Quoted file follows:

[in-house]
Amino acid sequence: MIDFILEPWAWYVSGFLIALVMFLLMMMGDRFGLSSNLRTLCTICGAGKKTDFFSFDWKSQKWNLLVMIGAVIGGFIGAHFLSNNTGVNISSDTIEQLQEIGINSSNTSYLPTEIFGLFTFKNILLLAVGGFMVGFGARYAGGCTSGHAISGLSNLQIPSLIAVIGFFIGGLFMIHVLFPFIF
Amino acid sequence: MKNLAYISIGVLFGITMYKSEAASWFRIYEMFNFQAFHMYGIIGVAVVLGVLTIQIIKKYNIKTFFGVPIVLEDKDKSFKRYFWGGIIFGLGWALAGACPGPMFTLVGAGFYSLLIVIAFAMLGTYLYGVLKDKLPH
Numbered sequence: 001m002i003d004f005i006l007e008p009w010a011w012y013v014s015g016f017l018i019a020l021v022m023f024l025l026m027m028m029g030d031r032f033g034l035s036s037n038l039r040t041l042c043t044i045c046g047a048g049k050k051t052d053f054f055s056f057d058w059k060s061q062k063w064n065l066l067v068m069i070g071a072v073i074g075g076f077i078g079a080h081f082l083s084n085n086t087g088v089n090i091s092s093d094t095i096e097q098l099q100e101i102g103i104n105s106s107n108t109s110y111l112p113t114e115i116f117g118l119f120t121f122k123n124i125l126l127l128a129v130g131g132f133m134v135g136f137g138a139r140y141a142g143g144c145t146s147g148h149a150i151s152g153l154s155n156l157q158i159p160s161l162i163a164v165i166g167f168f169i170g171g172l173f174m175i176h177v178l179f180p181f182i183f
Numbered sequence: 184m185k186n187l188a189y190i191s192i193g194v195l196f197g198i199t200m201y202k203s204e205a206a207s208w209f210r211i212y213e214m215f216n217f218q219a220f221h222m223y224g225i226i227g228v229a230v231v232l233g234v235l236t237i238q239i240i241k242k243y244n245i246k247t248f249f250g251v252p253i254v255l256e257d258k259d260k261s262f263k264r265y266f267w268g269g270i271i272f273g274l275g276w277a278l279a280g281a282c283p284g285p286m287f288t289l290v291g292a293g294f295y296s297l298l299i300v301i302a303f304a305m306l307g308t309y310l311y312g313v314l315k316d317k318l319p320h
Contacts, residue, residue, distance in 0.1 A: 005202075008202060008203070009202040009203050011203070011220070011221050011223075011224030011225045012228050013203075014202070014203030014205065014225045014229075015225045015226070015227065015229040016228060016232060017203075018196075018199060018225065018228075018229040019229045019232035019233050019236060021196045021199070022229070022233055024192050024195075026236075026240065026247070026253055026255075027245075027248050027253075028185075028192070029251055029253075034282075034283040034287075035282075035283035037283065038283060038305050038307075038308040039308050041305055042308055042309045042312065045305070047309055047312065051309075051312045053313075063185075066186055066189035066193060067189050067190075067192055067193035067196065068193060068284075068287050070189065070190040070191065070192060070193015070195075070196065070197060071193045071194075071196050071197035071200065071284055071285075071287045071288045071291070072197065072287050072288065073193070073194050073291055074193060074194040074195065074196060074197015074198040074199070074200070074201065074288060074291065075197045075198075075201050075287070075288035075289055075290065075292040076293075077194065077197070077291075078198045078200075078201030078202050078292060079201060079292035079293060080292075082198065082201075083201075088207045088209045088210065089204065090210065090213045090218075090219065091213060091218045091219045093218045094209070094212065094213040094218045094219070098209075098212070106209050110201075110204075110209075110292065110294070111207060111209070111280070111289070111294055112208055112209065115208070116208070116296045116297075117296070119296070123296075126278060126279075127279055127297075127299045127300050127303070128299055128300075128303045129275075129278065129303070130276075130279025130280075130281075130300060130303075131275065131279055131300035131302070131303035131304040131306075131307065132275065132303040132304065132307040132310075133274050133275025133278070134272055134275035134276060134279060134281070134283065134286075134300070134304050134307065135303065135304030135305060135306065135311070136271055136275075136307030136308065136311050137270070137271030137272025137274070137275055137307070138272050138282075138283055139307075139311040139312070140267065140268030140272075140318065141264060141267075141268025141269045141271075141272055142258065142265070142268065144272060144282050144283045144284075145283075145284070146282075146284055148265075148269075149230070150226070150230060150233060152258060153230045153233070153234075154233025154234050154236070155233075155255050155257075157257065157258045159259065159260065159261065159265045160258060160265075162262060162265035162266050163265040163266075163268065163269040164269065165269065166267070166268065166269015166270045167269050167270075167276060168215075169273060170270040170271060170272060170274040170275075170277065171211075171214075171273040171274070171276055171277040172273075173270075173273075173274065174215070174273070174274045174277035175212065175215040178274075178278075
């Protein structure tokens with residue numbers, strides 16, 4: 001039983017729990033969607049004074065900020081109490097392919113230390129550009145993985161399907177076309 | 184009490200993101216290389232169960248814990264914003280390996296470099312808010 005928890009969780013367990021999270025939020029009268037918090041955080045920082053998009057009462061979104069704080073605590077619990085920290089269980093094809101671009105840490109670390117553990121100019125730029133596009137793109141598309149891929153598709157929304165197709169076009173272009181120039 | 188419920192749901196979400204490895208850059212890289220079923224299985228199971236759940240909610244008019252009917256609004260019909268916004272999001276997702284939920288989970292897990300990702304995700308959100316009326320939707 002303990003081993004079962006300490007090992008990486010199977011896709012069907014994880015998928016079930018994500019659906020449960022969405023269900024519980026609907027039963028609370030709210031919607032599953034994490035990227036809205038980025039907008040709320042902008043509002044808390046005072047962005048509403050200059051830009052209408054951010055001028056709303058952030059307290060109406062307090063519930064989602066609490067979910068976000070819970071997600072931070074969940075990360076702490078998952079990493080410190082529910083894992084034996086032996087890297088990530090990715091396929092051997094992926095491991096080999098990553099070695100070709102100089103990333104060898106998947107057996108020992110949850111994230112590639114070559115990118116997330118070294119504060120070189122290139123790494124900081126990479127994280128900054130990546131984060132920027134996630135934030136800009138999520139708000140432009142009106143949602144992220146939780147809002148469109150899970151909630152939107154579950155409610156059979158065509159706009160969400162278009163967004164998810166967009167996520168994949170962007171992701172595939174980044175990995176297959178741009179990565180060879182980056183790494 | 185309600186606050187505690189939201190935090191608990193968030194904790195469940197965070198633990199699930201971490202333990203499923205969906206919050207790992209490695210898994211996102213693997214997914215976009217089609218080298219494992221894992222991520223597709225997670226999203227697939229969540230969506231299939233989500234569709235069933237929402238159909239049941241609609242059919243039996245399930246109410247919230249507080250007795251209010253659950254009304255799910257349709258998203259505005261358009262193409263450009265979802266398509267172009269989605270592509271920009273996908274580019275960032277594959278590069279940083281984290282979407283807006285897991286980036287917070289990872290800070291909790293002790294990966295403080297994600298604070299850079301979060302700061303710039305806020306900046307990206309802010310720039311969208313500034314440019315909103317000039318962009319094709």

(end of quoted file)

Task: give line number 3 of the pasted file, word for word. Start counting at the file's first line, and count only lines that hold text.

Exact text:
Amino acid sequence: MKNLAYISIGVLFGITMYKSEAASWFRIYEMFNFQAFHMYGIIGVAVVLGVLTIQIIKKYNIKTFFGVPIVLEDKDKSFKRYFWGGIIFGLGWALAGACPGPMFTLVGAGFYSLLIVIAFAMLGTYLYGVLKDKLPH